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About the Story
Originally published under the title "Dr.Livingston: The Search For..." for TRS-80 in Softside, vol 2., no. 12, Septmber 1980, pp. 26-29; Vol 3., no. 1, October 1980, pp. 76-78; corrections vol. 3, no, 4., January 1981, p.76. Unofficially ported to Atari 400/800, Commodore 64, and TRS-80 MC-10
Being a BASIC text adventure from the early 1980-ies, In Search of Dr. Livingston features (quite unsurprisingly) almost no plot and minimalist descriptions. Those are quite doubtful virtues in themselves; unfortunately, the game has got a few more confusing surprises for the player. One of them was the way it only understood commands in upper case for the most part; this was especially delusive because some of the commands (e.g., QUIT) were understood both in upper and in lower case, and as I found out later, at a couple of points in the game lower-case input was required. Then, there were several minor bugs or, rather, behaviour inconsistencies - sometimes, one action would have different results when repeated for no apparent reason (like room exits mentioned in the descriptions: some of them were totally unavailable in spite of being listed, but a few of them would suddenly get you somewhere after you tried entering them several times). The worst of all, however, were the puzzles - mostly of the "try something random" type. I quickly found myself completely unable to solve the game, and resorted to the source code that came with it. Even then, it wasn't *that* easy - as mentioned above, the game was written in BASIC, and untangling the spaghetti code turned out to be quite a feat. In fact, I lost patience before long and gave it up, feeling I already spent more time on it than it was worth. An even harder task, however, was thinking of one single reason why someone would play this. The only thing I could come up with was nostalgia; since, however, my personal childhood isn't burdened with memories of playing primitive (or any, for that matter) text adventures, In Search of Dr. Livingston had got no chances on me, sorry.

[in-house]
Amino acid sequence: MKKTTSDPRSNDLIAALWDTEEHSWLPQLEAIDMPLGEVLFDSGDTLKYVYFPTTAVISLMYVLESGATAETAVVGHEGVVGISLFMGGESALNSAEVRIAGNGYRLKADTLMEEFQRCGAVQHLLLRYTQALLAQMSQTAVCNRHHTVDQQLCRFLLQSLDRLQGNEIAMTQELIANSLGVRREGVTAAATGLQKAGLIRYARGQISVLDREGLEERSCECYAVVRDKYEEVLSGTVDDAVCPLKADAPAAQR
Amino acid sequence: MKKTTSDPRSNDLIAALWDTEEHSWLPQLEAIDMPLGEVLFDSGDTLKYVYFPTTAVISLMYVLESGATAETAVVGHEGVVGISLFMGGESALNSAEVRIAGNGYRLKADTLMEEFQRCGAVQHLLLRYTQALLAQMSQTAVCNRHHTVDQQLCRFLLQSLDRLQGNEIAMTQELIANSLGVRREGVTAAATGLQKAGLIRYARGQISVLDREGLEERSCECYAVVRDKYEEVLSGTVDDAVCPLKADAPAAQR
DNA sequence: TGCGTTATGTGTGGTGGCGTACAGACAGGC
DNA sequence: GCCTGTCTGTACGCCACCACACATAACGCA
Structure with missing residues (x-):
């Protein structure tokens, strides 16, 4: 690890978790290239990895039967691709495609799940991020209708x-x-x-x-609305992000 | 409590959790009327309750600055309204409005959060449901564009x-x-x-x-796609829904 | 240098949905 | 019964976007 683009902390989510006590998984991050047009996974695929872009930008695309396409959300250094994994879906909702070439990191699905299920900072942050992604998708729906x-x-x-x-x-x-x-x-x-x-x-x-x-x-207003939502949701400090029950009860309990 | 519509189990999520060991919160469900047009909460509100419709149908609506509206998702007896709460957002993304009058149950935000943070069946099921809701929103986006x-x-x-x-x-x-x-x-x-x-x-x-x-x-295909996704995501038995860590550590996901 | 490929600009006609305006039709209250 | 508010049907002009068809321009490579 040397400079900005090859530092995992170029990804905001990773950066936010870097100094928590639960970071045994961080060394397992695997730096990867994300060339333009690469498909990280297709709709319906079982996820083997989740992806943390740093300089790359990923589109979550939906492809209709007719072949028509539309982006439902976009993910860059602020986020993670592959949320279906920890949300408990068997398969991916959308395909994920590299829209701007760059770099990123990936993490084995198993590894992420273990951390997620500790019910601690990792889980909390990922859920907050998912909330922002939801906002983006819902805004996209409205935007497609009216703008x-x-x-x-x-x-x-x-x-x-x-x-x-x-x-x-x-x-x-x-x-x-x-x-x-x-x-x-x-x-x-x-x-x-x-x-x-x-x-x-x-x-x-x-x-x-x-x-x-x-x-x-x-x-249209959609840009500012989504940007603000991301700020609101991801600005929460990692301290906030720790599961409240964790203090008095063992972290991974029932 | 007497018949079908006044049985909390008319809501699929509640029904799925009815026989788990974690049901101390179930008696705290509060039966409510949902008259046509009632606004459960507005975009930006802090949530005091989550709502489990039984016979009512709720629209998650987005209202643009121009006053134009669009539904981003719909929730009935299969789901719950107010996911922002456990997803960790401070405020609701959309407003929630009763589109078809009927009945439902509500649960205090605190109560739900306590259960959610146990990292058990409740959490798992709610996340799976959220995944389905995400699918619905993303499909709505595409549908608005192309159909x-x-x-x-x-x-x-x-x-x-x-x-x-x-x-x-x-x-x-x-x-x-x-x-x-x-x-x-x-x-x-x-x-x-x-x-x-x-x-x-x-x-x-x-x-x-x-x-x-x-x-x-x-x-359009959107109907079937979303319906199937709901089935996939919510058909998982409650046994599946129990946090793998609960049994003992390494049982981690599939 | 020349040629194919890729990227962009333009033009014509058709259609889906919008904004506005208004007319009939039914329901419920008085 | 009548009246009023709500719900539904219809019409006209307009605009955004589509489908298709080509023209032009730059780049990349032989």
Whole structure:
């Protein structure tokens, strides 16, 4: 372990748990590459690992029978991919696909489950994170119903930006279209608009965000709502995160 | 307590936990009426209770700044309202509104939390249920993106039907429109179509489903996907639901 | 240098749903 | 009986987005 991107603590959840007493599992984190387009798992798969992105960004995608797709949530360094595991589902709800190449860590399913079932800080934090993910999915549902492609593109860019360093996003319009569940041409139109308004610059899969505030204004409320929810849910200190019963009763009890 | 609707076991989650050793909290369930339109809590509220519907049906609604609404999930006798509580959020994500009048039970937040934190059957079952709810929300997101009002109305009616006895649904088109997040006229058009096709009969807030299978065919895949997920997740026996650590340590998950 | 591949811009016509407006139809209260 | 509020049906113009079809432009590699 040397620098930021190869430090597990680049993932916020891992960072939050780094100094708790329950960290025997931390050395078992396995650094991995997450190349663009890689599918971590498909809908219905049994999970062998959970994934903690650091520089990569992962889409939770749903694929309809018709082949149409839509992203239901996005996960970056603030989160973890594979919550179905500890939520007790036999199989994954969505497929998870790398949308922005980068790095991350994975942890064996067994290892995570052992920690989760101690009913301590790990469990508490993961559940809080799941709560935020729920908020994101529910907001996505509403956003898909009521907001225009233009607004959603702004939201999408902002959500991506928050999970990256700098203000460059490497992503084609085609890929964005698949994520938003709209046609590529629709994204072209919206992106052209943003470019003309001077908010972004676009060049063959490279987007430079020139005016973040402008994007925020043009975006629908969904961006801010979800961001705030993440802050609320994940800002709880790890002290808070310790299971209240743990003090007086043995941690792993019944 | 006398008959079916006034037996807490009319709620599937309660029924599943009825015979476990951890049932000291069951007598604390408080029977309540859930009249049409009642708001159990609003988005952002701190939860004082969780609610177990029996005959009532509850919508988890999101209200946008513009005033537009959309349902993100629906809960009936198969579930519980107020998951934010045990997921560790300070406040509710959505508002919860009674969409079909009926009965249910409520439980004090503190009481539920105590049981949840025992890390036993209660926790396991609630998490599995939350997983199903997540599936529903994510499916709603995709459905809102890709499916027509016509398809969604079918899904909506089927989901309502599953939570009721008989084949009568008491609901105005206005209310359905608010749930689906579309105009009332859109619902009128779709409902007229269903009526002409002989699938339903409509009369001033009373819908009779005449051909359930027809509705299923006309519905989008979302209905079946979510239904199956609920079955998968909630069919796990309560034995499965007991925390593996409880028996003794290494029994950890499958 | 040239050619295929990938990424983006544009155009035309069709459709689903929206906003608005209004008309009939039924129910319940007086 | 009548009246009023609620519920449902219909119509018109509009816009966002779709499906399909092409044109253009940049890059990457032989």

-- Valentine Kopteltsev
|Average Rating: |
Number of Reviews: 4
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This is a pretty awful game. I have played it a bit in recent years (I would sort of like to solve it on principle, but its not very entertaining, to put it mildly, and so I never have put in the effort needed to do so). I was born in 1970, and I played this game in 1981, or maybe '82, on my friend's Commodore 64, when it was actually new. It was only the second IF game I ever played (after Scott Adams' "The Count"), and I actually did enjoy it back then (that just shows how desperate we were in those days). Unless you, personally, played this game during the early 1980s, there is no reason to play it now; its all about the nostalgia. I suppose IF history buffs might find it intriguing (but in fairness, it wasn't even close to being state-of-art at the time of its 1980 release - its difficult to imagine when this game would have been considered sophisticated...1973, perhaps?). (Spoiler - click to show)The only detail from it that ever struck me as remotely interesting happens to be a puzzle spoiler. There's a deadly snake (a "viper") blocking your way, and you evade him by using the command "dodge viper." This seems almost slightly clever...until you check Wikipedia, and see that they didn't begin manufacturing the Dodge Viper until 1991. So I have no idea why that puzzle was included in 1980. Weird.